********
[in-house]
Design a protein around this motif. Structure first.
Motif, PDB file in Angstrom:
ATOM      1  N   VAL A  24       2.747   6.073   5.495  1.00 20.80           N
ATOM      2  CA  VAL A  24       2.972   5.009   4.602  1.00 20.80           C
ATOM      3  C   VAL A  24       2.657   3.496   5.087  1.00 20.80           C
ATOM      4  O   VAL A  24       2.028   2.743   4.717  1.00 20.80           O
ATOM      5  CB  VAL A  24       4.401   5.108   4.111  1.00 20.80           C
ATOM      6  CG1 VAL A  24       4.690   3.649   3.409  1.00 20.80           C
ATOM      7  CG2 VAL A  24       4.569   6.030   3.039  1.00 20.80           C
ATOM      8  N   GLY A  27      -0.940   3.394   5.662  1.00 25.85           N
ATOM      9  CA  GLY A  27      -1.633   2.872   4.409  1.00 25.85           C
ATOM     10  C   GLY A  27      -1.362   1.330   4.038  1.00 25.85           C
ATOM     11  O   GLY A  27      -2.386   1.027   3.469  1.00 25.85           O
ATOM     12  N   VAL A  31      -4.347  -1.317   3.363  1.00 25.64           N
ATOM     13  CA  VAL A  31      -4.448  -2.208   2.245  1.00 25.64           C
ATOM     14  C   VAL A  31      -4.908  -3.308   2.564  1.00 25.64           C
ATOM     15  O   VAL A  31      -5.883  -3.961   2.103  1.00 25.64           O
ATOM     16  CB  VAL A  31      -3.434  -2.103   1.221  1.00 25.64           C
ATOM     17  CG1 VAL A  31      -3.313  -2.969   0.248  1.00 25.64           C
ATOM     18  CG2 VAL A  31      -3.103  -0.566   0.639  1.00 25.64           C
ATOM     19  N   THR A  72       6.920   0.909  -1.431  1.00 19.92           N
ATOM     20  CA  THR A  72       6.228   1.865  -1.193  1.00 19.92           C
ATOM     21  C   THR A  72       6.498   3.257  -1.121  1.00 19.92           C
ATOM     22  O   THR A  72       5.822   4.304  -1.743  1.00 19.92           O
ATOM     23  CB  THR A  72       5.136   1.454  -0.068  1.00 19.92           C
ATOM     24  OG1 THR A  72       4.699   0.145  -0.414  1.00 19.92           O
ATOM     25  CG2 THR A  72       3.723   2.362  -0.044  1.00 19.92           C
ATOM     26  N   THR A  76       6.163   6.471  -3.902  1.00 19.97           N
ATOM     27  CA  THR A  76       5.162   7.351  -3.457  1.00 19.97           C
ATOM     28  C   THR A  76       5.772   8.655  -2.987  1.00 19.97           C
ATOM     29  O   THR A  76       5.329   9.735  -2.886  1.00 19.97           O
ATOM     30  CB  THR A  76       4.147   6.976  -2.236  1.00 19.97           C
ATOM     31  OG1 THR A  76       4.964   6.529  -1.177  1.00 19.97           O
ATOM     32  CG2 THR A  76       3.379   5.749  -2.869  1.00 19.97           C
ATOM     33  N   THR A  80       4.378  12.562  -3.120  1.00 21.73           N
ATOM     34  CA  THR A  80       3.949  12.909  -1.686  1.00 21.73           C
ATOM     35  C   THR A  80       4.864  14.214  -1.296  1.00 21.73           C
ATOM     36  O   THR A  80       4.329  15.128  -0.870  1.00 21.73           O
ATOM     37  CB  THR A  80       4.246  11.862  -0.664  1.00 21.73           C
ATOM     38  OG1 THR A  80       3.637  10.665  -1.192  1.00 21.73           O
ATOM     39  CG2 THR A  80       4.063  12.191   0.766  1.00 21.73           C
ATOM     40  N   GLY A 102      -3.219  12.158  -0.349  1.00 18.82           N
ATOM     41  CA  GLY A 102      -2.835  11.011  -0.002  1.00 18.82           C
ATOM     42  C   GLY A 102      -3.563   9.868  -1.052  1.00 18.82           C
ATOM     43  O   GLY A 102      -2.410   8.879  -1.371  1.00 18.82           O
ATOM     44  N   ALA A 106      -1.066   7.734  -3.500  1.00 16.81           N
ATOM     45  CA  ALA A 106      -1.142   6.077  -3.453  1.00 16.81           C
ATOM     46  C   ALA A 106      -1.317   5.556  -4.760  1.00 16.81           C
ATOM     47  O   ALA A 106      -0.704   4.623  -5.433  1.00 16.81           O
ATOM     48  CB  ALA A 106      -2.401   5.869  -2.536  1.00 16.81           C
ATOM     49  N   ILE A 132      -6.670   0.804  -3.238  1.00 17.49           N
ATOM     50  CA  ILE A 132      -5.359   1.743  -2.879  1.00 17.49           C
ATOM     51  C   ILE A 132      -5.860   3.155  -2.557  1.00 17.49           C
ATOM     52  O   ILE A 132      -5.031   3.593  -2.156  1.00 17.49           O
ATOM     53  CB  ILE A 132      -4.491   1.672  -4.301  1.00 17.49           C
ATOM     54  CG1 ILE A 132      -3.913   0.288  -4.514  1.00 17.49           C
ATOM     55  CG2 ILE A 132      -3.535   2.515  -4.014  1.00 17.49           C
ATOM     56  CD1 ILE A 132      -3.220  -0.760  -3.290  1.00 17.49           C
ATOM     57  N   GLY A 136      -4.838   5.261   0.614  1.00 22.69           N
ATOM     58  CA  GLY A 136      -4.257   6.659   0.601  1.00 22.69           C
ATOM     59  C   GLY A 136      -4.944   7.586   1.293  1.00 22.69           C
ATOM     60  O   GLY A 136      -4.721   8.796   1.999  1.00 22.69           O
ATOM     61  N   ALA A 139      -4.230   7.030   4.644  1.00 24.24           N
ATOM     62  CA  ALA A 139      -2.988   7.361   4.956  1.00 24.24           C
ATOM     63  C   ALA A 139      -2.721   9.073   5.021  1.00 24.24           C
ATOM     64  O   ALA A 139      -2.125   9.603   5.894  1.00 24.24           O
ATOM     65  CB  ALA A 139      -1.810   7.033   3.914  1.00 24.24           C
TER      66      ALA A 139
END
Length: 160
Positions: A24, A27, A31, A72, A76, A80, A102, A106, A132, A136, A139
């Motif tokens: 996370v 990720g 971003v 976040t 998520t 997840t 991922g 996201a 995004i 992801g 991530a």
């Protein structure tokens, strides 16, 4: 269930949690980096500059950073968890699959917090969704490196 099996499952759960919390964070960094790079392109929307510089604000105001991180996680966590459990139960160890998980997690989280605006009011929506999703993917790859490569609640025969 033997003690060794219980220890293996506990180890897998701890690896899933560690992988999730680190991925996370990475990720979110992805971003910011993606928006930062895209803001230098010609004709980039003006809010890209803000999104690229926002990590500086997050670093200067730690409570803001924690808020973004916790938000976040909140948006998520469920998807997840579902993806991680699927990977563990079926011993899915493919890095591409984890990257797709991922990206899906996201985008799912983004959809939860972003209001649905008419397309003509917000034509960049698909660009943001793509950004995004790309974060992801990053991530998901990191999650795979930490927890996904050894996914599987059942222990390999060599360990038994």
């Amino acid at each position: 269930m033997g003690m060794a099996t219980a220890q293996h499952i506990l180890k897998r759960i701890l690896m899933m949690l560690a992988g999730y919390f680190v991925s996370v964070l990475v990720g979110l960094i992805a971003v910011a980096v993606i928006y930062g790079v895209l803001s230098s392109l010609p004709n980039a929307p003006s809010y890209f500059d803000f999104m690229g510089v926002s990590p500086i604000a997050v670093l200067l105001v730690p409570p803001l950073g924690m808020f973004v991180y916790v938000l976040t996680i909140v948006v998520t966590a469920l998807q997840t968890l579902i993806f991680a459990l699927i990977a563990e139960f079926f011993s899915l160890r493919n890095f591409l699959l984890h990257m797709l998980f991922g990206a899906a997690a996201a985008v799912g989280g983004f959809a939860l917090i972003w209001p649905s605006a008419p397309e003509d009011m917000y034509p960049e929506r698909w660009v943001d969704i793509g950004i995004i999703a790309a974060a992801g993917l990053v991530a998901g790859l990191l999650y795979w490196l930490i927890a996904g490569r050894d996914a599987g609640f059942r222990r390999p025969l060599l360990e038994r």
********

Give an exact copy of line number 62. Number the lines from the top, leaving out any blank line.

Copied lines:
ATOM     59  C   GLY A 136      -4.944   7.586   1.293  1.00 22.69           C